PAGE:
Dog Constipation – The Facts
Constipation is something that anyone can encounter, and it’s never comfortable. But not everyone realizes that man’s best friend also suffers from this unfortunate malady. Dogs can get constipation for a variety of reasons, ranging from diet to disease, so it’s important to understand the symptoms of constipation in dogs, and what to do next if a pet dog is suffering from a stuck stool.
What is Dog Constipation?
Like human constipation, dog constipation is when the pup is struggling to defecate; to pass a stool easily and normally because it has become hard and compacted within the lower digestive tract. This can range from infrequent toilet trips to a complete loss of ability to pass solids. It can also range from a problem lasting for one or two days to something more long term. The permanence and the severity of the issue will determine the action and treatment needed.
What Causes Constipation in Dogs?
By far the most common cause of constipation in dogs is ingestion of something they shouldn’t. This can include foreign bodies (like chewed and splintered bones) which literally clog the intestines, too much hair due to over-grooming, or something which irritates the digestive tract causing an unwanted reaction.
Other causes of constipation in dogs include:
- Poor diet
- Prostate issues – neutering a male dog may help reduce the risk of an enlarged prostate
- A reaction to certain medications
- Infected anal glands
- Loss of appetite- this can be a tricky one to parse out because a dog may lose appetite due to constipation, but a loss of appetite due to a different condition could also cause constipation as a side effect.
- Changes in routine (unable to go outside to defecate when needs to)
- Joint pain (may be painful for the dog to balance or crouch to defecate)
Constipation in dogs can be a sign of certain serious conditions, so it’s important to get the condition checked out if symptoms don’t improve after a few days. According to the Veterinary Teaching Hospital at Colorado State University, constipation can be a symptom of canine hyperthyroidism. Other medical causes of constipation include bladder obstructions, urinary tract infections, and colitis. If a veterinarian suspects any of these conditions, they may perform a range of tests on the dog in question to be sure.
Symptoms of Constipation in Dogs
A dog that doesn’t pass solids for two days but then passes solids normally and without discomfort is probably fine. However, the advice from veterinarians is that if a dog has not defecated for over this 48 hour period, a vet should be contacted immediately. Symptoms to look out for include:
- Whining or howling when trying to defecate
- Crouching for long periods of time with no results
- Obvious straining when defecating
- Small amounts of liquid being passed, may contain mucus or blood
- Vomiting accompanied by a lack of defecation
- Appetite lost all of a sudden
- Lethargy- a normally playful dog may become seemingly lazy or sedentary
- Material stuck or hanging around the anus
Regardless of what these symptoms may mean, dog owners should always contact a veterinarian if they notice any of these signs in their dog. They could be indicative of a more serious condition.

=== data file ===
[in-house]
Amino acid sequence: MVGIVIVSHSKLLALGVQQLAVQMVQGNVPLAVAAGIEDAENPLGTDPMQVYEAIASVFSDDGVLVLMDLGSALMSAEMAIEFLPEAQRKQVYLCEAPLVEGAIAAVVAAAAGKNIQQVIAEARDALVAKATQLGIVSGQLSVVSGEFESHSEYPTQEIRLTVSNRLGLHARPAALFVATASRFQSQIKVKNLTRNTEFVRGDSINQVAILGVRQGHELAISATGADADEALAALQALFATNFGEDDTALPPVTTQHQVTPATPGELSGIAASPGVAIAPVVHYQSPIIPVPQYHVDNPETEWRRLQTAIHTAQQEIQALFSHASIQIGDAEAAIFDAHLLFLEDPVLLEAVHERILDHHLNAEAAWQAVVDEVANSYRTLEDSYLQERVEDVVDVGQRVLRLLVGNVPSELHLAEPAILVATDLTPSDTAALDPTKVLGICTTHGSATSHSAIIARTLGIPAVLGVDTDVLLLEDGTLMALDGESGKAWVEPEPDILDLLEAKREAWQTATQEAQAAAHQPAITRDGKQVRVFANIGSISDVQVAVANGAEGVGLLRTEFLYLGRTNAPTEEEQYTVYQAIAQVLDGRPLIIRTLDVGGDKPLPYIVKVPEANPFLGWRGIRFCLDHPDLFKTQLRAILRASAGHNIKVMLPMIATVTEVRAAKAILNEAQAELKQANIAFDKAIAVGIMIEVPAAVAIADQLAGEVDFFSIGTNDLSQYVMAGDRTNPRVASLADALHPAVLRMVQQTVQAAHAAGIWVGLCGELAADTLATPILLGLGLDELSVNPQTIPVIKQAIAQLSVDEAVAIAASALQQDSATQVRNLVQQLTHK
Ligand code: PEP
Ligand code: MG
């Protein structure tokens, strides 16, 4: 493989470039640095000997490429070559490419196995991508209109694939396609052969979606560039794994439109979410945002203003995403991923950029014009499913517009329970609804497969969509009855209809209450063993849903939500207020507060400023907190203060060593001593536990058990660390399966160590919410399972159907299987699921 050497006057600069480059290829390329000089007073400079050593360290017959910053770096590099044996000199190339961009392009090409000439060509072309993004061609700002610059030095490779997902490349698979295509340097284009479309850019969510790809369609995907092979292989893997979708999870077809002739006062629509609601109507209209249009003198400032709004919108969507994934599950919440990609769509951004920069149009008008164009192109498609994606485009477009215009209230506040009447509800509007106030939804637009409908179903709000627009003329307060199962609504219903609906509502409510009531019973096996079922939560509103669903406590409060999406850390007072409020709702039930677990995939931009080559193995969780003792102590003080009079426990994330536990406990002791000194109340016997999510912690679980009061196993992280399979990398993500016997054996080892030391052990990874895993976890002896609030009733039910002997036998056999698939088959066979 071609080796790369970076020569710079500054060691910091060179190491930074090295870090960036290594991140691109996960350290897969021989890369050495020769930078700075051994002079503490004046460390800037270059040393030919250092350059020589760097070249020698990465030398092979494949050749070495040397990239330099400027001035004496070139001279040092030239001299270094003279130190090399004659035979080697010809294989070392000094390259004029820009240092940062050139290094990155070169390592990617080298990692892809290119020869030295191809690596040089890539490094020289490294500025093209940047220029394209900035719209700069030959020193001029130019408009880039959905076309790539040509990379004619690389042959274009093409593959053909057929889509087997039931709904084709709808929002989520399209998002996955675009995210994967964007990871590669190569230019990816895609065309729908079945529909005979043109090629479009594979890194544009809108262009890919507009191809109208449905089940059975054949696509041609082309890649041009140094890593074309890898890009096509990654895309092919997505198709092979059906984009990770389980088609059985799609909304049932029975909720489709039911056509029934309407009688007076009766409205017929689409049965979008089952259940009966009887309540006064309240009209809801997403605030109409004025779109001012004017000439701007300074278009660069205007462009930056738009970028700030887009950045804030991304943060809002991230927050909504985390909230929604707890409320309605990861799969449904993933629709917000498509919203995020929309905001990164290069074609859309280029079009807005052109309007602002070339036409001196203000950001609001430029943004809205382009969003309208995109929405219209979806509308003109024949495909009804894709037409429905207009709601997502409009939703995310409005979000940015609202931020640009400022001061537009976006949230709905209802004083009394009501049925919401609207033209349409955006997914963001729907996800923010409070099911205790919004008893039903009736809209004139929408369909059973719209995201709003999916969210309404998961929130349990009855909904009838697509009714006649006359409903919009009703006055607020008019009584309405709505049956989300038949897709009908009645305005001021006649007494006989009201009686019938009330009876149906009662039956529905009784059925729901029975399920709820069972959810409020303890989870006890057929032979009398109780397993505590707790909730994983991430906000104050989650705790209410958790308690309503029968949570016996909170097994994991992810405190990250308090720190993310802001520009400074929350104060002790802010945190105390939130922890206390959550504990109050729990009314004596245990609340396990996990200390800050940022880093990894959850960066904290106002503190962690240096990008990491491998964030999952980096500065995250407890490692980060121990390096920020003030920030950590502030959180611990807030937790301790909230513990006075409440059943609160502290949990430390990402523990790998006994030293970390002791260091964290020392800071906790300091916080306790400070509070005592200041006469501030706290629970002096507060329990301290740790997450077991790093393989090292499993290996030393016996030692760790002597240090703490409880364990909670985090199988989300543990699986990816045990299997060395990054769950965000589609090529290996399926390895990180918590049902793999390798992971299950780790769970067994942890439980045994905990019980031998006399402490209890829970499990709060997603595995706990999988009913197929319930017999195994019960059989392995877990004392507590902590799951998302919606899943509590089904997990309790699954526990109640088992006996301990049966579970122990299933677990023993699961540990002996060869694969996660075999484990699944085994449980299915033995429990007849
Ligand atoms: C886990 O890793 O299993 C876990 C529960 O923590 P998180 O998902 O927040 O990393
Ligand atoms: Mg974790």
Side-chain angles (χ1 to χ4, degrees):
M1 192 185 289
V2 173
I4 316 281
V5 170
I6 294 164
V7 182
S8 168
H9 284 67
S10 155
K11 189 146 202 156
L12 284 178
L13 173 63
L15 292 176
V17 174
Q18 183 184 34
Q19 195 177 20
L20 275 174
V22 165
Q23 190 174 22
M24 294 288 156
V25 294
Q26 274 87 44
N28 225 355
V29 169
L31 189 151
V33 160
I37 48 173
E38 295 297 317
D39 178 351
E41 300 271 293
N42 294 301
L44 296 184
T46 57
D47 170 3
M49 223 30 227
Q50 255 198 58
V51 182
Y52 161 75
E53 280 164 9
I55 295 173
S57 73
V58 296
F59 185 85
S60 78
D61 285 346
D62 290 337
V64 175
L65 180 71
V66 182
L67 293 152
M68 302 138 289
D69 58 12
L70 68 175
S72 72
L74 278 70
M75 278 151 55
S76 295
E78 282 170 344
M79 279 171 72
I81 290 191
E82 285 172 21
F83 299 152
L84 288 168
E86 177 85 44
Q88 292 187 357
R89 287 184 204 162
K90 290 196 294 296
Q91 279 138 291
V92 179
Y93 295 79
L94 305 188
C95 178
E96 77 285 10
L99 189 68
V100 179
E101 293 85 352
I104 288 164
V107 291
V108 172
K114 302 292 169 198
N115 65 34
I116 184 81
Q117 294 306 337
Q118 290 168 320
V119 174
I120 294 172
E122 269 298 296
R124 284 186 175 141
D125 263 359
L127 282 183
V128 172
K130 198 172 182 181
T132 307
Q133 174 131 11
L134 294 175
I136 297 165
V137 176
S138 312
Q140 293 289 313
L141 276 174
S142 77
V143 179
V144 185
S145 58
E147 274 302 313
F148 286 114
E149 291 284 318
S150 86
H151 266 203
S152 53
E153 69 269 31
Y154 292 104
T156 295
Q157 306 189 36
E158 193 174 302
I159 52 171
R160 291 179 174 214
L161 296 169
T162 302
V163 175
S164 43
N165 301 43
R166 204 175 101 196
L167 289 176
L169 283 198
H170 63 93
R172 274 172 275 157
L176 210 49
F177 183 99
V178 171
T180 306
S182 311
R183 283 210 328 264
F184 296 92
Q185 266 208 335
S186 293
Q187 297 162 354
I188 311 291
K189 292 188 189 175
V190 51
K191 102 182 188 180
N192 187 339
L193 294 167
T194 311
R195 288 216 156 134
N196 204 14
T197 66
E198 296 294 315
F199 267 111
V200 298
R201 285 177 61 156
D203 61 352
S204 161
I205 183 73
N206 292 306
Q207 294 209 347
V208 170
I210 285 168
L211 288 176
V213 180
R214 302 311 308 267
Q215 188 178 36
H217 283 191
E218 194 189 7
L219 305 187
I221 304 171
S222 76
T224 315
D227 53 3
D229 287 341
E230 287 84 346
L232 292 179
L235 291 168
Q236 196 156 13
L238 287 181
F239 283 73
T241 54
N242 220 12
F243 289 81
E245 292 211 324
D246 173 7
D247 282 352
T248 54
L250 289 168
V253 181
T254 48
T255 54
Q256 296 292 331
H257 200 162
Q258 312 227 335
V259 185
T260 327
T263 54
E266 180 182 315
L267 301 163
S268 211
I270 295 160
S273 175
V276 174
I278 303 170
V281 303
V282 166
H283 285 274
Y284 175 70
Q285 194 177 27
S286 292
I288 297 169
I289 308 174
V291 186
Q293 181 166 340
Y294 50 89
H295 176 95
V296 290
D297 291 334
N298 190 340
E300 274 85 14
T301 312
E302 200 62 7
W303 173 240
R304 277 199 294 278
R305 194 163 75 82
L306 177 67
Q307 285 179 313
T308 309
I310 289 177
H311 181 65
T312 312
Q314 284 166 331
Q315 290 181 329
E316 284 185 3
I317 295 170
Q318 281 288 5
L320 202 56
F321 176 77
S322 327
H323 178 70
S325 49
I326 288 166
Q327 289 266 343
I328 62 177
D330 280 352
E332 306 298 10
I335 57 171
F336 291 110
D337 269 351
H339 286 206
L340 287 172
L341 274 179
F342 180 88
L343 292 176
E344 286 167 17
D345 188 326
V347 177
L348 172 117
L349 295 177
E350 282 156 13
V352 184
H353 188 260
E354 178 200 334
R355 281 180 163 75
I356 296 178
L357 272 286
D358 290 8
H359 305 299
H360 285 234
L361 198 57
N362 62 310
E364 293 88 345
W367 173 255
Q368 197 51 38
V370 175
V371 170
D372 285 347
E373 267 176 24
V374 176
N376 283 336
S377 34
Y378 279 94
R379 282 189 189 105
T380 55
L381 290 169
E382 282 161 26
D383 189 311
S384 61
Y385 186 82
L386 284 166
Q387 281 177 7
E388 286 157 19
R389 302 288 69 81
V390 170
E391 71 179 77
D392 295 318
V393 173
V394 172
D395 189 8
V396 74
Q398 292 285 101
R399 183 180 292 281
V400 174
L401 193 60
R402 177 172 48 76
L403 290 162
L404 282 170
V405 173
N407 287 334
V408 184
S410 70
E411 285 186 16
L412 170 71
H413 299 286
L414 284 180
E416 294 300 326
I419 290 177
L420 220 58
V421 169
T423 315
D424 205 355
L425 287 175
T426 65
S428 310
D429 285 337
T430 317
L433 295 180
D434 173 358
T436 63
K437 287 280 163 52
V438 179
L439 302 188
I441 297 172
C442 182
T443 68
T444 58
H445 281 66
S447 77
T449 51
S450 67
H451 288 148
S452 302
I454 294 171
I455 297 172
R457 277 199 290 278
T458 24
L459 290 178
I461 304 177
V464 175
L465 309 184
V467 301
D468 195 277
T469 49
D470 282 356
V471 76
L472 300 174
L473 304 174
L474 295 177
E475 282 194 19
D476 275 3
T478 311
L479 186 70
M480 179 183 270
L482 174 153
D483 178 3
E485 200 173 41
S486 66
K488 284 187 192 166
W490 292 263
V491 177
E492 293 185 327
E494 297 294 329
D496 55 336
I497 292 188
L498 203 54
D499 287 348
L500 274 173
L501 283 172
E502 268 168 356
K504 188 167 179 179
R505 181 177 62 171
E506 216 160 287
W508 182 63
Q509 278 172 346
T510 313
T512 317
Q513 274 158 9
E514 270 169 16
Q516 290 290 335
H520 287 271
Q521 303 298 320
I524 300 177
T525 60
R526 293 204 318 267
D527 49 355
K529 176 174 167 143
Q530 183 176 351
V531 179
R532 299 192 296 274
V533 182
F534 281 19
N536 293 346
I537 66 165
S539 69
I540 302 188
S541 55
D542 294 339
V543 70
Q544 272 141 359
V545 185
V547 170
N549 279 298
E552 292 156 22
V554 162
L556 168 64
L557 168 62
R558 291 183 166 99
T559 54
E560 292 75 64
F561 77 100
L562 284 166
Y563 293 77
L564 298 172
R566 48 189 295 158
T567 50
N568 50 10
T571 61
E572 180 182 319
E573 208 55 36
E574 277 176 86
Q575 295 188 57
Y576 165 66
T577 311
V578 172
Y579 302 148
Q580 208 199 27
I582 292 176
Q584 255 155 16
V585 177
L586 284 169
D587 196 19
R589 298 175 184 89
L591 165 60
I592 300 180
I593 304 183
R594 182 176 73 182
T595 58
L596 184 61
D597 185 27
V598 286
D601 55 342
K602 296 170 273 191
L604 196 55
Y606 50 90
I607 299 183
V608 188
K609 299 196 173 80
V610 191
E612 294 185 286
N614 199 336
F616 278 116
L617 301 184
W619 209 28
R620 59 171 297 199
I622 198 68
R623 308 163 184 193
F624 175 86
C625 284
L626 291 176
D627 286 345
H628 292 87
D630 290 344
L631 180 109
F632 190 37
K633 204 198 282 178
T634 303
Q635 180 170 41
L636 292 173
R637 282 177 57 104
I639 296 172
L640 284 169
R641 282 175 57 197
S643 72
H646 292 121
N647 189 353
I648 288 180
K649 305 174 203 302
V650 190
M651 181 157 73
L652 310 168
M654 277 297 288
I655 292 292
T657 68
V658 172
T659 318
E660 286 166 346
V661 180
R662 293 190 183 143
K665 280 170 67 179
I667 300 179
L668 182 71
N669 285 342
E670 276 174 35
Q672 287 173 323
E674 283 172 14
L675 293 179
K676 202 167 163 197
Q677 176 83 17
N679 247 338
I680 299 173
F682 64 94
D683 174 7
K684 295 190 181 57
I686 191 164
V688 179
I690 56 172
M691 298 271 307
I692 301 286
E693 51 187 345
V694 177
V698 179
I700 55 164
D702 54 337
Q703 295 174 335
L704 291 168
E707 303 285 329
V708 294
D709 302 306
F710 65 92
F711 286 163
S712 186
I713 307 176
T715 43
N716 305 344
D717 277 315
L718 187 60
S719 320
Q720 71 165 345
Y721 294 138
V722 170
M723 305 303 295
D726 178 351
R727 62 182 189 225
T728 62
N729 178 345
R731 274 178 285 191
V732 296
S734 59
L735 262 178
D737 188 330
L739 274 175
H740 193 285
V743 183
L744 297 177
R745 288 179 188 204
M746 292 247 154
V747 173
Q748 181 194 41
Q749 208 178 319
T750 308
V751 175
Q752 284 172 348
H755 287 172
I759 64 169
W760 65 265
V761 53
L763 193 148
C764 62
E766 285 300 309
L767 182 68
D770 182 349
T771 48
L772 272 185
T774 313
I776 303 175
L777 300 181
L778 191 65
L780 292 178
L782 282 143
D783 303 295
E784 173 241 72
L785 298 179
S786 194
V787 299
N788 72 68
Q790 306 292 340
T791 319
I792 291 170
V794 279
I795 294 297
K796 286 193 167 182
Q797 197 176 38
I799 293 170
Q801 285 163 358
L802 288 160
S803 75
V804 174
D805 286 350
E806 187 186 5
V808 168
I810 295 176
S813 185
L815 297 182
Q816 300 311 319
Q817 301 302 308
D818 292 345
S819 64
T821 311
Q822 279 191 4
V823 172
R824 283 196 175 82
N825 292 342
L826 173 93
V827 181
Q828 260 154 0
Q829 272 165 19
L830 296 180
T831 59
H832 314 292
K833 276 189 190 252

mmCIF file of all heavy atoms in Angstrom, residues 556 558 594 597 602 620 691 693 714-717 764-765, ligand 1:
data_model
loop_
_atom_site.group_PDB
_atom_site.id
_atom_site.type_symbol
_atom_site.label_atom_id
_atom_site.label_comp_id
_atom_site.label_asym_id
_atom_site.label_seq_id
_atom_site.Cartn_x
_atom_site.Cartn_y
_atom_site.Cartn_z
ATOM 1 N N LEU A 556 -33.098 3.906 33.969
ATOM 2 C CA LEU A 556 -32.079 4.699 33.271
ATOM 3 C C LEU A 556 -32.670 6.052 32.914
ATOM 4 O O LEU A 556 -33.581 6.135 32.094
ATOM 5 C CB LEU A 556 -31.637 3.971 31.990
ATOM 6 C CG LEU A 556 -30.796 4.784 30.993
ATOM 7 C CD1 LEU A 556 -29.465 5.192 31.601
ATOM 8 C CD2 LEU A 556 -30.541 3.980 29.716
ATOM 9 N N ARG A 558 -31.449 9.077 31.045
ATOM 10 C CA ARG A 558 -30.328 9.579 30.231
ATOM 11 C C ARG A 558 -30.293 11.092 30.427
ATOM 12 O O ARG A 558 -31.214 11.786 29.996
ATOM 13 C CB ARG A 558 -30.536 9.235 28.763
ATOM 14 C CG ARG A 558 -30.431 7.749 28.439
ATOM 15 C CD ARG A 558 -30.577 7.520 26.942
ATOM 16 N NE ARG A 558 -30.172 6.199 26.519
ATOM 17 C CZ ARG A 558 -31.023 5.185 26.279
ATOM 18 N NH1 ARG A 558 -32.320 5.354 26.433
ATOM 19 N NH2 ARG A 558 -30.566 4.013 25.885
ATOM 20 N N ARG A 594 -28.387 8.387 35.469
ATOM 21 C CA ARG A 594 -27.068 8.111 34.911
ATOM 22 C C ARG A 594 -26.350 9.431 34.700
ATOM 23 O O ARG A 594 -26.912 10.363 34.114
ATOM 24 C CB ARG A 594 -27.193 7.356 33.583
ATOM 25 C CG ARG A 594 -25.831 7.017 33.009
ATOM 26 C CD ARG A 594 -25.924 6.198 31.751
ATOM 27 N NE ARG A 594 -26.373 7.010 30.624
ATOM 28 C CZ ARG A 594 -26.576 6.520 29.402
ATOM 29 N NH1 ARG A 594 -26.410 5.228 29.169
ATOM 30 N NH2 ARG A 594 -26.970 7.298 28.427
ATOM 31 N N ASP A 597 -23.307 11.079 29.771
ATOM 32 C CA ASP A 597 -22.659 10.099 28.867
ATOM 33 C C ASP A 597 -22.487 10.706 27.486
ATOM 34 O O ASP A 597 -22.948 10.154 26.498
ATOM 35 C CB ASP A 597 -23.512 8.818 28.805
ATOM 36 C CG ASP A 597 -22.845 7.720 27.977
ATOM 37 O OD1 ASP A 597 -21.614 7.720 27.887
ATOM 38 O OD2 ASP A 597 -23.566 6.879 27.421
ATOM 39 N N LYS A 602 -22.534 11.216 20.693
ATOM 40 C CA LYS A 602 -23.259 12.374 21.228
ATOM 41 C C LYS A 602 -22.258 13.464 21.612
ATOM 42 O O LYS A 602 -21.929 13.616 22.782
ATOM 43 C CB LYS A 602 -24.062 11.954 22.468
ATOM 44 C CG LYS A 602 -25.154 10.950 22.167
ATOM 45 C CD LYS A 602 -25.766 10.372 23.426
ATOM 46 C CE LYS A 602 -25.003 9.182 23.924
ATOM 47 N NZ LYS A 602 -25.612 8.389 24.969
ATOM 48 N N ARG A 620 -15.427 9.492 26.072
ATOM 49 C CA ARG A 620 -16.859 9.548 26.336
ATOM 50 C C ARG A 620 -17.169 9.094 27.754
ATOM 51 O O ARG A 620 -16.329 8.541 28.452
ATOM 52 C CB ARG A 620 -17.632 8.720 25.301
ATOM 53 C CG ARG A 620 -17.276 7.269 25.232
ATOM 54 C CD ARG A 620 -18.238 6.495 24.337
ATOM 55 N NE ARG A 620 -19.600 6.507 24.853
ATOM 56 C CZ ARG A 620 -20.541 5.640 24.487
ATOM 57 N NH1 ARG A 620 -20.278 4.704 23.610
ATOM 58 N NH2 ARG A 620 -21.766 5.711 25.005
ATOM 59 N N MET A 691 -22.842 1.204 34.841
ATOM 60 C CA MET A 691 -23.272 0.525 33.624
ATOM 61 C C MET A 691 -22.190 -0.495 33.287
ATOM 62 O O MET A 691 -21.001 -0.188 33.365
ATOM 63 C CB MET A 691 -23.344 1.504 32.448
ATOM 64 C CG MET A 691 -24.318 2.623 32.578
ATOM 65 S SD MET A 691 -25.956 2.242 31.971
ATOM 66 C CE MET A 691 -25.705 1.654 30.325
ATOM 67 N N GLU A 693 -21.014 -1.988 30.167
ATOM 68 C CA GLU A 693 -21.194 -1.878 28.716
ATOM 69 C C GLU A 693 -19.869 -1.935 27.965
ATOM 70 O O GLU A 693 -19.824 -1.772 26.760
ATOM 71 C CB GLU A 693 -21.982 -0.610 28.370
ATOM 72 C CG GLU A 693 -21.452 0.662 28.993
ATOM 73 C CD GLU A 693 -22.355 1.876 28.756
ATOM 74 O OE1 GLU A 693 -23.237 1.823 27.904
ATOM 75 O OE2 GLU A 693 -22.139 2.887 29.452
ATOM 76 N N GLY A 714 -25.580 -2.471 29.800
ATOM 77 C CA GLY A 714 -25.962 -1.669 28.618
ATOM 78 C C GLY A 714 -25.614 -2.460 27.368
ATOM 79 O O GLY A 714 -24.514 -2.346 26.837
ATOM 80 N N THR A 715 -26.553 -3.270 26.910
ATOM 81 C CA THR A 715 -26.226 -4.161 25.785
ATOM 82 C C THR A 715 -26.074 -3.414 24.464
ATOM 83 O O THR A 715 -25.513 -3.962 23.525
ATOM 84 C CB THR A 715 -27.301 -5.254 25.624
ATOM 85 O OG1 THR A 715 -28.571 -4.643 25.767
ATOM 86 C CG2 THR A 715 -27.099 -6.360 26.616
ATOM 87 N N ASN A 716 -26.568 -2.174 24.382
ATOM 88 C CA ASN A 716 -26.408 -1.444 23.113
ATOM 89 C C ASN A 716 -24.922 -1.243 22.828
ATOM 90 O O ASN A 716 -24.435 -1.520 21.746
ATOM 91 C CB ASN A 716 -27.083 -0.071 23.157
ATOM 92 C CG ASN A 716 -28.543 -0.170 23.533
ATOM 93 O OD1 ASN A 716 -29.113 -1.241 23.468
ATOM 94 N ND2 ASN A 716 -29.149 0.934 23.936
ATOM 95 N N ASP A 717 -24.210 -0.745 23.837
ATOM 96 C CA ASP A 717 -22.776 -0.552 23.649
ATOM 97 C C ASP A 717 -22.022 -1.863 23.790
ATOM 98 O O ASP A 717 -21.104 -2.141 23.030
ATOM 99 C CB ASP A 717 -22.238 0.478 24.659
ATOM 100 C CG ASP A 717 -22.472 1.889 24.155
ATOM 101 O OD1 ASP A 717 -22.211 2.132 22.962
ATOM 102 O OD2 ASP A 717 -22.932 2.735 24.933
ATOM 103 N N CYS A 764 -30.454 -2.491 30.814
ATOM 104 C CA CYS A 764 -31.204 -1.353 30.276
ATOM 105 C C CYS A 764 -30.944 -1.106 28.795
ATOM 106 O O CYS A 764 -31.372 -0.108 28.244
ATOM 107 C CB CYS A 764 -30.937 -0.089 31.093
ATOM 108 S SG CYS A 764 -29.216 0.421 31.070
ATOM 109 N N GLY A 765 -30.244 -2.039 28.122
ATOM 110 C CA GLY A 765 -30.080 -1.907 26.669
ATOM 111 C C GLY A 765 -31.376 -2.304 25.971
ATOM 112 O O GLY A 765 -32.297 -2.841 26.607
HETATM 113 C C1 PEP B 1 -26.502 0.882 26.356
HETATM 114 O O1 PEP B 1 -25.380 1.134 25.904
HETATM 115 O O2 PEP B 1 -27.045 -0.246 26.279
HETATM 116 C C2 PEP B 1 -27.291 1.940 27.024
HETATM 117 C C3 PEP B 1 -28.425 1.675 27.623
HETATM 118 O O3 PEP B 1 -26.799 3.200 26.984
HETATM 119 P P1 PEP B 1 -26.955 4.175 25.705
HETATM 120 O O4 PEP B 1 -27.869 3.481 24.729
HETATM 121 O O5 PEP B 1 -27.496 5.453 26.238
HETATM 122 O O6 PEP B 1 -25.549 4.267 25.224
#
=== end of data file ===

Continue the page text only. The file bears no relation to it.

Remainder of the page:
Treating Constipation in Dogs
When it comes to constipation in dogs remedies range from the very simple to more complex ones that a veterinarian may need to advise on. The remedy may be as simple as ensuring the dog has plenty of drinking water, and monitoring them to make sure they’re drinking regularly. They may also need a change in diet to include more fiber to aid in digestion.
Other treatments include laxatives which will be normally prescribed by a veterinarian. A popular choice is a paste which is flavored to taste like meat, making it easy to give to the dog orally. A veterinarian may also suggest adding a mineral oil to the dog’s normal food which helps lubricate the digestive tract.
More severe constipation may require the veterinarian to perform an enema. This is where the colon is flushed out, to help remove the fecal matter. If the stool has become so compacted that it won’t come out in this way, more manual methods may have to be used, including surgery in rare cases.
Constipation Relief for Dogs: What Owners Can Do
Dog owners should remember to provide any dog with plenty of water at all times. Dogs won’t always indicate when they are thirsty, but with water freely available, owners should notice them lapping some up frequently. Without regular water, stools become hard and dry, and painful to pass.
Ensure the dog’s diet is suitable. Some dogs require a specialist diet. Most are fine with a mix of wet and dry food, which should include protein, carbs, and fiber. Dog owners who are unsure should check with their veterinarian about the best foods to feed their dogs.
Does Pumpkin Help Dogs with Constipation?
There are plenty of home treatments for dog constipation which a veterinarian may advise before trying laxatives. One popular home remedy is to add cooked pumpkin to a dog’s diet. Pumpkin is high in fiber, which aids in natural digestive function. Dog owners who use canned pumpkin should ensure there is no added sugar, as this could be harmful to the dog. Fresh pumpkin can be grated and mixed with the dog’s usual food, to help maintain and improve regular defecation. No more than around five tablespoons of pumpkin should be given to a dog per day, to avoid diarrhea.
Most dogs will experience constipation at least once in their lifetime. Owners who know what to look out for can deal with it quickly, ensure their dog is hydrated and has a fiber-rich diet, and when to consult a veterinarian for the best advice.